The van der Post trail

Found this interesting read at Times Online:
A voyage round my father

A daughter follows her father’s footsteps to Mount Mulanje.

Page three of the article includes travel tips.

Malawi is Africa as it once was, so there are no vast luxurious holiday compounds and few sumptuous lodges to insulate you from the masses.

Here are a couple of links on the book “Venture to the Interior” by Laurens van der Post: 1 2

120 registered nurses leave Malawi per year

Article on the continuing brain drain in the health sector of Malawi.

Some excerpts:

Official figures show around 120 registered nurses have migrated to Britain and the United States alone every year in the last decade with the health ministry unable to even begin to match the wages on offer abroad.

Malawi currently has only 56.4 nurses and two doctors for every 100,000 potential patients.

“We have only 3,000 nurses on register for a population of 12 million (…)”

A junior doctor now earns 450 dollars, while a senior nurse goes home with 300 dollars.

Bush League

Interesting read:

Cy on his Malawi experiences

The contrast between rural and urban areas in Malawi is huge. I remember an article I read (probably The Nation or The Daily Times) during my last stay, on how people in a remote village in the northern region near Rumphi can get reception for their mobile phones if they climb a certain ant hill. There was a photo of a group of people with a solar panel. And somebody was quoted as saying how this is improving communication with family members all over the world.

(BTW, if anybody in Malawi remembers this article and has access to the archives, I’d appreciate a digital copy. Should be an issue in Feb or March 2007… i’m asking for the impossible)

Most People Are Multilingual

Here’s my comment I submitted a couple of minutes ago at Climb to the Stars on Most People Are Multilingual (cos I’m not sure if my comment wasn’t gobbled):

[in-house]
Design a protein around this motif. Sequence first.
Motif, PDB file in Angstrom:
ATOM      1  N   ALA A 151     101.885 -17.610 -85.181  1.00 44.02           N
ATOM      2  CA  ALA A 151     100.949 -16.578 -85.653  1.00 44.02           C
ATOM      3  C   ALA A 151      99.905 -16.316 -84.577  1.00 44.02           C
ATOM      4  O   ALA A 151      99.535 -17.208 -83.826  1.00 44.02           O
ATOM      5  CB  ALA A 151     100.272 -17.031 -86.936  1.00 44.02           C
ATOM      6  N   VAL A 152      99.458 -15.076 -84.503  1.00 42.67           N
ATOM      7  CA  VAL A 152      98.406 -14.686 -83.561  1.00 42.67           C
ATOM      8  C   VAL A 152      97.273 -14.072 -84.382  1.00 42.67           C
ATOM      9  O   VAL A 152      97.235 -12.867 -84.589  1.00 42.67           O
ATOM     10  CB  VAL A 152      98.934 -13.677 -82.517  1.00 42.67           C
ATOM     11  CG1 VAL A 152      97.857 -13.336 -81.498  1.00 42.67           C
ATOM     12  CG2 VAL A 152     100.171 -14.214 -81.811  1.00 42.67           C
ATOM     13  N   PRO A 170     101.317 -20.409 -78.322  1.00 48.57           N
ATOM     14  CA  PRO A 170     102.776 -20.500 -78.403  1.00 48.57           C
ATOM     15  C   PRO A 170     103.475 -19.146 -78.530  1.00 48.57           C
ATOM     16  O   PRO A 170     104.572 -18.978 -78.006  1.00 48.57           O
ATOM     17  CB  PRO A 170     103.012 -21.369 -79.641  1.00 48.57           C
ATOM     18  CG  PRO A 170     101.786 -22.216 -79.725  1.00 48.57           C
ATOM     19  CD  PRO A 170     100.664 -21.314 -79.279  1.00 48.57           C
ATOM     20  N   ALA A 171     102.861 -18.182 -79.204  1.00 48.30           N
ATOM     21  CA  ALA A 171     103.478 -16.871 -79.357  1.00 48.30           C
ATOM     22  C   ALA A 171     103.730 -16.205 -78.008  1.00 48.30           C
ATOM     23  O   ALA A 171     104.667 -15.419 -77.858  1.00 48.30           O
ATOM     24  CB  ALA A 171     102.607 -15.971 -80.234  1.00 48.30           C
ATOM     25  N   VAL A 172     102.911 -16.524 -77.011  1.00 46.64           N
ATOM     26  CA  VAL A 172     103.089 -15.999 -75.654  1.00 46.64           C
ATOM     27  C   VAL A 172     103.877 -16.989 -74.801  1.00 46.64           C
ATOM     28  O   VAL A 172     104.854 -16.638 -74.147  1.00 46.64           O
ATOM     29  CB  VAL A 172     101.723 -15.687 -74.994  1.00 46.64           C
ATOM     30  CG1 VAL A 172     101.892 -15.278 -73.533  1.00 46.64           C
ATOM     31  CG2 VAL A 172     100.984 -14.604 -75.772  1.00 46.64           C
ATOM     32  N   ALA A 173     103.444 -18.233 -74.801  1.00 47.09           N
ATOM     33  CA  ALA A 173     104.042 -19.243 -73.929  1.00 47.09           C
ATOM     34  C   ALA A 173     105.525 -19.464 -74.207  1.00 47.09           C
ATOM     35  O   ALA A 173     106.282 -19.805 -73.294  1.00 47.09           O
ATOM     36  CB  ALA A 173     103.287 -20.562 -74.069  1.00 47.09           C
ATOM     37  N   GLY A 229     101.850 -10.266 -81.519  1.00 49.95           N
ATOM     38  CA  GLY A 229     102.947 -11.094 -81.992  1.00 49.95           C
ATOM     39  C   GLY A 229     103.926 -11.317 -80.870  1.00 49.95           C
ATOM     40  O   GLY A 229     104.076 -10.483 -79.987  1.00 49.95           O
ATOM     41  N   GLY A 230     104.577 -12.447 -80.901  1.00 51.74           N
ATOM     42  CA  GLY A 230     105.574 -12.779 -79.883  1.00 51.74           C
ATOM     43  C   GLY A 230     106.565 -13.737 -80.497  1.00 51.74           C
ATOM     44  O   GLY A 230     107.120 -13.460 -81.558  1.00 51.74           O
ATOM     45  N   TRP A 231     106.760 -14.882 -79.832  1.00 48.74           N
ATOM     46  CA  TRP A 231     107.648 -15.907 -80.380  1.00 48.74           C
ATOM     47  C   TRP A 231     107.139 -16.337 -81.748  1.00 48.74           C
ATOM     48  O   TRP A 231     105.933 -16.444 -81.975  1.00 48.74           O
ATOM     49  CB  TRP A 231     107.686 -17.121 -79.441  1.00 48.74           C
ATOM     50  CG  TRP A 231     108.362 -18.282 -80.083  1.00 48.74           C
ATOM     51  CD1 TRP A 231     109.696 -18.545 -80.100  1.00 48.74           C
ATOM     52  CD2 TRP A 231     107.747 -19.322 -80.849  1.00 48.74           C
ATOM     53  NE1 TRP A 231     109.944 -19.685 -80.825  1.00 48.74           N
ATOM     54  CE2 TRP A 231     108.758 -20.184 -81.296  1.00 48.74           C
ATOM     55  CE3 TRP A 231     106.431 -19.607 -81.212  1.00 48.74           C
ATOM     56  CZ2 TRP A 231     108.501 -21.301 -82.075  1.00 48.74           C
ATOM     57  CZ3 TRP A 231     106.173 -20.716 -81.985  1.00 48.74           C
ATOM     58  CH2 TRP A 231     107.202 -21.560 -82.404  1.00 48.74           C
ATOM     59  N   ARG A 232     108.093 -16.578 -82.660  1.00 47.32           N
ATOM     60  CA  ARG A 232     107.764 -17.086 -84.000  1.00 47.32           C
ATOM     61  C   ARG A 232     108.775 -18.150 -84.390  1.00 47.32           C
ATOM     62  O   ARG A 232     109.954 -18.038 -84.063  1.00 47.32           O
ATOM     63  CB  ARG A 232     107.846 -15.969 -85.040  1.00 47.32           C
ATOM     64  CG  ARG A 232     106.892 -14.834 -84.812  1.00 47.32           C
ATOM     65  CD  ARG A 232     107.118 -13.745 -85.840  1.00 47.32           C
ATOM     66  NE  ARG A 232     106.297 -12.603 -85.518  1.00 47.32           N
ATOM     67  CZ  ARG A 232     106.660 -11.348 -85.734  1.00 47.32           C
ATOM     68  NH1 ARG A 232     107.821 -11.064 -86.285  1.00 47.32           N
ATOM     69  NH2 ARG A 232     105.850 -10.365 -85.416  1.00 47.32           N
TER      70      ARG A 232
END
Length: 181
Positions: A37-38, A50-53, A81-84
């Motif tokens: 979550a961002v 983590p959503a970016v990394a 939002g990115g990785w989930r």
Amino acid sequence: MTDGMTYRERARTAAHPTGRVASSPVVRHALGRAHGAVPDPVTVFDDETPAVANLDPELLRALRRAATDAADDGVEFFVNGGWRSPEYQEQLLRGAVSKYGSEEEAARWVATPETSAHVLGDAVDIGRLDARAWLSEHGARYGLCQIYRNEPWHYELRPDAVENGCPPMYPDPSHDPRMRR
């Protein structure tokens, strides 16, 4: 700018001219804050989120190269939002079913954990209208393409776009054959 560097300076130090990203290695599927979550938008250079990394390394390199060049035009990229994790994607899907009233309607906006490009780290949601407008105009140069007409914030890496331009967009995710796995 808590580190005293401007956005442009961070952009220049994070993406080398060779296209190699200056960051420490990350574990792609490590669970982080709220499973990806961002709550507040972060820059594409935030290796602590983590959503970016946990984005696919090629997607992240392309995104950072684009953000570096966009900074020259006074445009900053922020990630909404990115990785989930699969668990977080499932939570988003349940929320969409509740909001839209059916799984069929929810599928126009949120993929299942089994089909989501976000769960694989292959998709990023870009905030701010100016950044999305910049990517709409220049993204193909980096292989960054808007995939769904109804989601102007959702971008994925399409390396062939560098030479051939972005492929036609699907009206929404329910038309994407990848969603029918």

In southern Africa (Zambia, Zimbabwe, Malawi, SA) most people are multi-lingual with varying levels of language competency in at least 3 languages.

For example in Malawi, children learn English and Chichewa from the first class onwards. Their mother tongue being Chitumbuka or Chisena or Chilomwe. At secondary school level, nearly all subjects are taught in English.

Windmill builder

Lunch over IP on young Malawi windmill inventor:

William Kamkwamba, a 15-year-old Malawian (…) built a windmill in his rural village based on a picture he saw in a book. He used old bicycle parts, wooden poles, plastic pipes, and an old car battery for energy storage. The windmill now powers four lights and two radios in his home, and he’s working on a larger model to help with irrigation. After he told his story on stage, a number of TED attendees banded together to support him financially to complete high school and go onto university.

See also Soyapi’s blog, another Malawian TED attendee.

And William’s own blog at:

in the summertime


I tried to capture today’s awesomely red fireball of a sunset in Basel. My cameraphone snapshot doesn’t quite do it justice. But heh, that’s one moment in time captured and stored and uploaded and tagged and online.